Tala Ko

Archive for April 2009

Man floating in space is awesome.
clipped from jstn.cc

Bruce McCandless II performing the first untethered spacewalk in 1984.  In this picture he’s 100 meters away from the shuttle, orbiting the Earth at a likely velocity of 7.7 km/s, with nothing but a jet pack to get back on board.
Bruce McCandless II performing the first untethered spacewalk in 1984. In this picture he’s 100 meters away from the shuttle, orbiting the Earth at a likely velocity of 7.7 km/s, with nothing but a jet pack to get back on board.
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clipped from www.grahamhancock.com

The city of Venice has announced a plan to utilize algae in a different way than we’re used to hearing about. The Italian city plans to produce 50 percent of its electricity needs from an algae-based power plant instead of fossil fuels.

The water-filled city is turning what has become a nuisance into a renewable energy resource. The city will be producing electricity from two types of algae that are brought in clinging to ships and regularly grow over the seaport. The algae will be cultivated and treated in laboratories to turn it into fuel. The fuel will then be used to power turbines in a new 40 MW power plant in the center of the city.

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On a related note, people against gay marriage say that it’s going to destroy the family. What to think of a pair of same-sex creatures getting married after proving they were the best parents in the zoo?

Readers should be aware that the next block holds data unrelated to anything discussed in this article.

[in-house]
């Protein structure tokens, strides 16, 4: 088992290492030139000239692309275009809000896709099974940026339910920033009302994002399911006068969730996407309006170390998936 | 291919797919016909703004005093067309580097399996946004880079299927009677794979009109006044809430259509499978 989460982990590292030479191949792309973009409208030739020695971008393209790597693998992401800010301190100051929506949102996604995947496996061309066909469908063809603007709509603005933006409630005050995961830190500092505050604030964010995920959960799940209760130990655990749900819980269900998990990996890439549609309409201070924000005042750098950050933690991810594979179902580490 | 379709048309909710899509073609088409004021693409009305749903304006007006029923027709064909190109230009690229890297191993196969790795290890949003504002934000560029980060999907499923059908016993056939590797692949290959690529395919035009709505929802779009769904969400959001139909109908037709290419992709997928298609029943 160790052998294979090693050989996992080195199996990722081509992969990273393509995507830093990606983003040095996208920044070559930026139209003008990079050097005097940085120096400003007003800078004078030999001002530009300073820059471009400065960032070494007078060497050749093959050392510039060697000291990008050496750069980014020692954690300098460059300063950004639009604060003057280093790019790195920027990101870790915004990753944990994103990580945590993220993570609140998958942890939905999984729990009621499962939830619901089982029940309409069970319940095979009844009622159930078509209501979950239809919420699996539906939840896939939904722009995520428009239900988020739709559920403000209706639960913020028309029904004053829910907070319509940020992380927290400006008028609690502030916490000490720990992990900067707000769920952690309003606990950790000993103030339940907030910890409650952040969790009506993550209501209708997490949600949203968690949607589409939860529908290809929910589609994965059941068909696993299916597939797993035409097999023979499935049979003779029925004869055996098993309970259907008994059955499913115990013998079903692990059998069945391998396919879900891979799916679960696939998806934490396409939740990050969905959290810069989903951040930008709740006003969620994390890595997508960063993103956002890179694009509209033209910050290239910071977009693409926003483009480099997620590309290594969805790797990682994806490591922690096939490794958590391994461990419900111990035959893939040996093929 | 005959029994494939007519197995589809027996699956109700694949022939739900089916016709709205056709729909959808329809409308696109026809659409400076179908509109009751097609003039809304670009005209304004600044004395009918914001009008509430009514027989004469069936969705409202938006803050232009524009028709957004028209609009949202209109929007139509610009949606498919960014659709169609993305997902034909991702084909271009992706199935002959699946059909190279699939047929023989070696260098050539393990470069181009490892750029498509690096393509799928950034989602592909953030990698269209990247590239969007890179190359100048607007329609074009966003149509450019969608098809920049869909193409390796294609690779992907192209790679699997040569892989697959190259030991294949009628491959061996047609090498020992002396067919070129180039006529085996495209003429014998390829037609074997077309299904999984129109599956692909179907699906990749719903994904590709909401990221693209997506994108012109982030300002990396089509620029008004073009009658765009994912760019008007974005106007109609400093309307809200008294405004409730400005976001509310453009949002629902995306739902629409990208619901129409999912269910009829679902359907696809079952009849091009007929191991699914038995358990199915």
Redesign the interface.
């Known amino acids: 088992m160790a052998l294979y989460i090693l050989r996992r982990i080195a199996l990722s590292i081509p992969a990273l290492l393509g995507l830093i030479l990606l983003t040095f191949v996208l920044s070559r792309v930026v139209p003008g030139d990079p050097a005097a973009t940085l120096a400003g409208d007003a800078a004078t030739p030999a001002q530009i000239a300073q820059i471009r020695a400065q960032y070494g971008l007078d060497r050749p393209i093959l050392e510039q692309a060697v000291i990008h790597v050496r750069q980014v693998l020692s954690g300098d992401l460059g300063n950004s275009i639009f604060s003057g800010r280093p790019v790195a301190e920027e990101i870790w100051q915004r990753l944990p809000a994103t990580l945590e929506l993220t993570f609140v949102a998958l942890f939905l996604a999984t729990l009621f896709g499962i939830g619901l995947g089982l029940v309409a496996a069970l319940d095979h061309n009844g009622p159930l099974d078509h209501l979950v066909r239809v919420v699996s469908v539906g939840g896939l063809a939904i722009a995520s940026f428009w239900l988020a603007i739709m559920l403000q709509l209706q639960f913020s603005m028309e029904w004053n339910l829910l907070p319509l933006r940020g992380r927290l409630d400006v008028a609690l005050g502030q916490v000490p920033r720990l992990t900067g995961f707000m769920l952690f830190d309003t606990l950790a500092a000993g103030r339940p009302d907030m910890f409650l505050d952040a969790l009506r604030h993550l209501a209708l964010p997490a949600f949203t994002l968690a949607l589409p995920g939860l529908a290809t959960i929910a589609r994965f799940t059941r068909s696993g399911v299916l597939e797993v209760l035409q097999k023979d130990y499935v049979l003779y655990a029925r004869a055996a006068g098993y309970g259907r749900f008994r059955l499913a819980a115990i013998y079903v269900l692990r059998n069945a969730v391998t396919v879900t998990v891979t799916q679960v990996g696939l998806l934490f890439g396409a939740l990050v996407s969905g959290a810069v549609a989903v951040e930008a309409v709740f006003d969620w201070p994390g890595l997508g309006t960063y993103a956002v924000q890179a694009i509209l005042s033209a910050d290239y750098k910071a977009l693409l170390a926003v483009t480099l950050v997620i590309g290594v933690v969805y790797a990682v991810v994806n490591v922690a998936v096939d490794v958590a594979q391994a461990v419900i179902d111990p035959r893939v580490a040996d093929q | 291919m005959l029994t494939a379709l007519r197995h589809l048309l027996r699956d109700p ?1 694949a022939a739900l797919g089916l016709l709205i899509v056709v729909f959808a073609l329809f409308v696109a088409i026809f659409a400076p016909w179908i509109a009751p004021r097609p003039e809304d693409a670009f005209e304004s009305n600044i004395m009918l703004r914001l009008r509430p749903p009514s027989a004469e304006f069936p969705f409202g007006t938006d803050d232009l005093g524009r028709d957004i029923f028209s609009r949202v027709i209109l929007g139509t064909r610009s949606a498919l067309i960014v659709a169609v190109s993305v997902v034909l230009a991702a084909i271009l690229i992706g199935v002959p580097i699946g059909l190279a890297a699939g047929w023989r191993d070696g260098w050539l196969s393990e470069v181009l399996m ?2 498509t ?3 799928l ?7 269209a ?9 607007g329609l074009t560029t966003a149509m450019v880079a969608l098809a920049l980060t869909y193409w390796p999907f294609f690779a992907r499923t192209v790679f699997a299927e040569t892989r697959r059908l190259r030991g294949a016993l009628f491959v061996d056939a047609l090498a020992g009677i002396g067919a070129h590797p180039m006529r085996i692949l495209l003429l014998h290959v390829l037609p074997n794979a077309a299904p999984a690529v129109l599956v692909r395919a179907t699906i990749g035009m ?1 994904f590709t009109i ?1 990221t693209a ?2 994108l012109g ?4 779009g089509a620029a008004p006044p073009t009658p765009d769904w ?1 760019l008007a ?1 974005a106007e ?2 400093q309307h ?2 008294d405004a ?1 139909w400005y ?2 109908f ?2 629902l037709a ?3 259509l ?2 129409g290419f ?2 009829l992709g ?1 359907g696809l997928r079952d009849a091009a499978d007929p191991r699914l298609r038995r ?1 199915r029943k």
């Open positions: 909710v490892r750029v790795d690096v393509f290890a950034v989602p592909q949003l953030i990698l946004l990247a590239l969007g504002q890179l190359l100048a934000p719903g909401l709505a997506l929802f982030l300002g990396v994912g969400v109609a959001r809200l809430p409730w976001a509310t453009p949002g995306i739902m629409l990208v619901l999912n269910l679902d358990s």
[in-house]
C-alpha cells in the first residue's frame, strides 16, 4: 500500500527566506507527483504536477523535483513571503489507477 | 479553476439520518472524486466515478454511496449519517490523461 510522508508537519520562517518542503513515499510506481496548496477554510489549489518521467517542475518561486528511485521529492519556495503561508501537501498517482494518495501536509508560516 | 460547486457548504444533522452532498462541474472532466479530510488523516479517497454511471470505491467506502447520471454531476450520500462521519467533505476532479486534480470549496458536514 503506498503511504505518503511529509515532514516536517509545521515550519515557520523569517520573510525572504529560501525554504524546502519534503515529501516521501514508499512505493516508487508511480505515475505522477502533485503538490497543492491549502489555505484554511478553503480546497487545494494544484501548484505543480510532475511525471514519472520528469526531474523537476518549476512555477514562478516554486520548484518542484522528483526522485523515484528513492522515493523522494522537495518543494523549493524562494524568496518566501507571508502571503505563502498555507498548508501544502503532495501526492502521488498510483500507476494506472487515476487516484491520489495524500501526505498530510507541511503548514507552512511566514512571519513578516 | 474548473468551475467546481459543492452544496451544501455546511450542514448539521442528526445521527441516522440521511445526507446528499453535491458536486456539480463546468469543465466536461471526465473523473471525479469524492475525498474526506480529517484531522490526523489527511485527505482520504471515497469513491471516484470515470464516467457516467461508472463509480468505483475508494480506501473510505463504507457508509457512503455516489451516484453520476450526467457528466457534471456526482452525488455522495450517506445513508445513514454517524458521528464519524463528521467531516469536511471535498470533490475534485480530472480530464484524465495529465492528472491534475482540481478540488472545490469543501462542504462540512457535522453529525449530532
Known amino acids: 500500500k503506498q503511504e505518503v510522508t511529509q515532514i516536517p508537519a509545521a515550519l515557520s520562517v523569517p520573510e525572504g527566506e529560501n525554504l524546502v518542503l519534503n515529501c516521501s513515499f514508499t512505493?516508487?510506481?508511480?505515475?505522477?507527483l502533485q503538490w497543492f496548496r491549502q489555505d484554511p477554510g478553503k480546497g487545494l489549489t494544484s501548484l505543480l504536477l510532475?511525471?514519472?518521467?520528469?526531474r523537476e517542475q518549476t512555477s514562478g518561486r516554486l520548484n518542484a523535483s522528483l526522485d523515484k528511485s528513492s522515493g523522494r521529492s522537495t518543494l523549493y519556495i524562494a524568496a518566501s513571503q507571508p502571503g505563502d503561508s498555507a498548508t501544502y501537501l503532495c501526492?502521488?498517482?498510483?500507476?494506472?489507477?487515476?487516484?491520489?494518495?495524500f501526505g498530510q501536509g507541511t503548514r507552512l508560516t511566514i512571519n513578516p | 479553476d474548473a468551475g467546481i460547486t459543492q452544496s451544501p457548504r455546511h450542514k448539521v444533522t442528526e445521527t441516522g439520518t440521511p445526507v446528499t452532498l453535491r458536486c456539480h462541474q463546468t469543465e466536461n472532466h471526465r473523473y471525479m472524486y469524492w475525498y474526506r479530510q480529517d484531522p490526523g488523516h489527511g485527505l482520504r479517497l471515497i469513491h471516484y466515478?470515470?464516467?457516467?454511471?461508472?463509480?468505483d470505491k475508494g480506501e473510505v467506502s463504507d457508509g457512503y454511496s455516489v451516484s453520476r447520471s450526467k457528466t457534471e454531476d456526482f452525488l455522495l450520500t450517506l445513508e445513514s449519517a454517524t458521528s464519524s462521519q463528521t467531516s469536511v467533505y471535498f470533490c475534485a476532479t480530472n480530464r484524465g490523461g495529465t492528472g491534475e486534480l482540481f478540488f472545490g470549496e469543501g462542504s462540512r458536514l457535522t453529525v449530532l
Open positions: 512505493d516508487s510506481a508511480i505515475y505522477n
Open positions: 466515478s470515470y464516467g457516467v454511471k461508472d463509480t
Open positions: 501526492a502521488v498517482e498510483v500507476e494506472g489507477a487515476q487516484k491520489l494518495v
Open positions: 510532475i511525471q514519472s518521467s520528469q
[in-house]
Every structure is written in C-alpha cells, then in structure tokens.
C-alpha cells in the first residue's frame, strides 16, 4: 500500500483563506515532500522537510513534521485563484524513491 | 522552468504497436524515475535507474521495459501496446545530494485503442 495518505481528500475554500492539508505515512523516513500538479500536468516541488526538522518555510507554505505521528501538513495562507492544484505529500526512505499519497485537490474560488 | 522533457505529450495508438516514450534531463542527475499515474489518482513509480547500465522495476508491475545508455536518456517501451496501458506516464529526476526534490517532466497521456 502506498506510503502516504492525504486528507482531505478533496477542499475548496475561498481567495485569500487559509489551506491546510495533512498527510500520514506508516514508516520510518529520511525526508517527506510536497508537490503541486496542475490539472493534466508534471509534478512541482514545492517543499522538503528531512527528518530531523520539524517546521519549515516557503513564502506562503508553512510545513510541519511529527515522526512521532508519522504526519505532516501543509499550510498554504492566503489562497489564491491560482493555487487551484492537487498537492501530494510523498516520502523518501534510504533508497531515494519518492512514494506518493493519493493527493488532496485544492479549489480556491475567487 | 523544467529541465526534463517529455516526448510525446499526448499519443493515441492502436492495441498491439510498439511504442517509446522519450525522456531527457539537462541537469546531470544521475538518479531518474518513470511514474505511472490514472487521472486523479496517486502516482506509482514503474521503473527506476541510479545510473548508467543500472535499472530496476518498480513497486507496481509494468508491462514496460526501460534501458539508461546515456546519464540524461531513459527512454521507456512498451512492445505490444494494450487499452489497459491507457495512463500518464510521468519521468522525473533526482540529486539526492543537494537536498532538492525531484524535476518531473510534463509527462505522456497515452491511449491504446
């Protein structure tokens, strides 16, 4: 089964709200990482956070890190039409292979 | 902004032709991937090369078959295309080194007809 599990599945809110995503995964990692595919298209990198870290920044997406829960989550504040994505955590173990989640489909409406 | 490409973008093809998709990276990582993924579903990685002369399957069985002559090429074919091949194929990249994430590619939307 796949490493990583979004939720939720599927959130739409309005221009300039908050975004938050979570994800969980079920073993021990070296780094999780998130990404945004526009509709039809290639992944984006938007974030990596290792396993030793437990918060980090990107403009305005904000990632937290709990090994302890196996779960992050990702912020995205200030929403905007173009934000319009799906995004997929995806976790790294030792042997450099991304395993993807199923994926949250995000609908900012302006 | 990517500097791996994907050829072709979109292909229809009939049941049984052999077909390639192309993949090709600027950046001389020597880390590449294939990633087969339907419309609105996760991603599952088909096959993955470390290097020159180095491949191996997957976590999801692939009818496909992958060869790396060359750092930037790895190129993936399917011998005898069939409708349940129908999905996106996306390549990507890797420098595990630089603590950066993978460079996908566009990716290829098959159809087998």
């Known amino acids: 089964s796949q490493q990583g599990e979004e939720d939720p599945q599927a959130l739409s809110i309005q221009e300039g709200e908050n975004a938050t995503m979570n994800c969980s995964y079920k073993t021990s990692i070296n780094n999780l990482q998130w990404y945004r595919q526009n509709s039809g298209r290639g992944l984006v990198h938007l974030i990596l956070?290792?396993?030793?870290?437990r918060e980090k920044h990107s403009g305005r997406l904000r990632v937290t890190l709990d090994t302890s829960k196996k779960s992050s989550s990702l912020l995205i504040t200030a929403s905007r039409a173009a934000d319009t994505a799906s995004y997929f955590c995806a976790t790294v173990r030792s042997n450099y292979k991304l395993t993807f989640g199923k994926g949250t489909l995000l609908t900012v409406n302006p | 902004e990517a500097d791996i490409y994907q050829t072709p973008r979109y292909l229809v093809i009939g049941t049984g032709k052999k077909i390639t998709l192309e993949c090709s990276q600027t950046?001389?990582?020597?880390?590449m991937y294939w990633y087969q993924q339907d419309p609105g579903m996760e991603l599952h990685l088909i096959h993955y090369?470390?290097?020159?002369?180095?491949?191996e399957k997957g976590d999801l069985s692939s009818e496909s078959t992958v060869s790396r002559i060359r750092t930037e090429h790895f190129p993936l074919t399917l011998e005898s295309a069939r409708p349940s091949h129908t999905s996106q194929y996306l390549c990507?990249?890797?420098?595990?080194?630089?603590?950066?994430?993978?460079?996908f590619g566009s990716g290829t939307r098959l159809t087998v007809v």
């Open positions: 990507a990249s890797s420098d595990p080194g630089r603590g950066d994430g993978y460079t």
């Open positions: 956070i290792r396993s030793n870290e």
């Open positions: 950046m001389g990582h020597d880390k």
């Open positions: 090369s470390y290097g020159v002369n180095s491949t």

clipped from www.thesun.co.uk

Cute ... penguins

They were once given the cold shoulder at the wildlife park in China for
stealing heterosexual couples’ eggs to nest as their own.


But after being allowed to try out with eggs rejected by their mothers the
couple have become the zoo’s best penguin parents.


Now keepers at Polarland Zoo in Harbin, north east China, have rewarded their
devotion with a wedding day.

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clipped from www.tweenbots.com
we are very occupied with getting from one place to another. I wondered: could a human-like object traverse sidewalks and streets along with us, and in so doing, create a narrative about our relationship to space and our willingness to interact with what we find in it?
To answer these questions, I built robots.
Tweenbots are human-dependent robots that navigate the city with the help of pedestrians they encounter. Rolling at a constant speed, in a straight line, Tweenbots have a destination displayed on a flag, and rely on people they meet to read this flag and to aim them in the right direction to reach their goal.

Never once was a Tweenbot lost or damaged. Often, people would ignore the instructions to aim the Tweenbot in the “right” direction, if that direction meant sending the robot into a perilous situation. One man turned the robot back in the direction from which it had just come, saying out loud to the Tweenbot, “You can’t go that way, it’s toward the road.”
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